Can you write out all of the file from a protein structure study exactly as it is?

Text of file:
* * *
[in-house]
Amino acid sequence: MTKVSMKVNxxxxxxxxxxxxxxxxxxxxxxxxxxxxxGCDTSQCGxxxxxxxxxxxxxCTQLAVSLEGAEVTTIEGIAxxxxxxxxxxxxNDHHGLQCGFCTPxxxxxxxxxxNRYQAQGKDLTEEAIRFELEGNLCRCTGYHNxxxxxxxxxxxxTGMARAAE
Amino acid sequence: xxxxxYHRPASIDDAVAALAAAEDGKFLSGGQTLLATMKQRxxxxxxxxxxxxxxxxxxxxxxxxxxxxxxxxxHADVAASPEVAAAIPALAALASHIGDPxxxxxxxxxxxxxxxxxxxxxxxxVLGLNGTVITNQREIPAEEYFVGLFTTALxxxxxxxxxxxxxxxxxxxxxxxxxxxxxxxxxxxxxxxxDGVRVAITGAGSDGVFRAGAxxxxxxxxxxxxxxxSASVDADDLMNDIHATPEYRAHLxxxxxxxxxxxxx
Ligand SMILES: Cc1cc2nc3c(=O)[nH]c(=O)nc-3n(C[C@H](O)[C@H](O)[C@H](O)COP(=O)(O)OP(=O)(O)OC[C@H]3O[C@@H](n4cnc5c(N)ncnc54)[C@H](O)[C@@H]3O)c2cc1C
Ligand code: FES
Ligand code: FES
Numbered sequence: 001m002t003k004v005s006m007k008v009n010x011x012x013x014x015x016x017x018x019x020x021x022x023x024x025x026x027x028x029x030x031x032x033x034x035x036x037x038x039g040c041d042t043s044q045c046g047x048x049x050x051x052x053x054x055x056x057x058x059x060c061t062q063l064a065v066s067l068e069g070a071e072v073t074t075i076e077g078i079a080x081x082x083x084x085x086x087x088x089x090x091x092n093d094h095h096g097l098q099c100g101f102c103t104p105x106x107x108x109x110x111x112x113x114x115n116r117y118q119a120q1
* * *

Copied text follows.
[in-house]
Amino acid sequence: MTKVSMKVNxxxxxxxxxxxxxxxxxxxxxxxxxxxxxGCDTSQCGxxxxxxxxxxxxxCTQLAVSLEGAEVTTIEGIAxxxxxxxxxxxxNDHHGLQCGFCTPxxxxxxxxxxNRYQAQGKDLTEEAIRFELEGNLCRCTGYHNxxxxxxxxxxxxTGMARAAE
Amino acid sequence: xxxxxYHRPASIDDAVAALAAAEDGKFLSGGQTLLATMKQRxxxxxxxxxxxxxxxxxxxxxxxxxxxxxxxxxHADVAASPEVAAAIPALAALASHIGDPxxxxxxxxxxxxxxxxxxxxxxxxVLGLNGTVITNQREIPAEEYFVGLFTTALxxxxxxxxxxxxxxxxxxxxxxxxxxxxxxxxxxxxxxxxDGVRVAITGAGSDGVFRAGAxxxxxxxxxxxxxxxSASVDADDLMNDIHATPEYRAHLxxxxxxxxxxxxx
Ligand SMILES: Cc1cc2nc3c(=O)[nH]c(=O)nc-3n(C[C@H](O)[C@H](O)[C@H](O)COP(=O)(O)OP(=O)(O)OC[C@H]3O[C@@H](n4cnc5c(N)ncnc54)[C@H](O)[C@@H]3O)c2cc1C
Ligand code: FES
Ligand code: FES
Numbered sequence: 001m002t003k004v005s006m007k008v009n010x011x012x013x014x015x016x017x018x019x020x021x022x023x024x025x026x027x028x029x030x031x032x033x034x035x036x037x038x039g040c041d042t043s044q045c046g047x048x049x050x051x052x053x054x055x056x057x058x059x060c061t062q063l064a065v066s067l068e069g070a071e072v073t074t075i076e077g078i079a080x081x082x083x084x085x086x087x088x089x090x091x092n093d094h095h096g097l098q099c100g101f102c103t104p105x106x107x108x109x110x111x112x113x114x115n116r117y118q119a120q1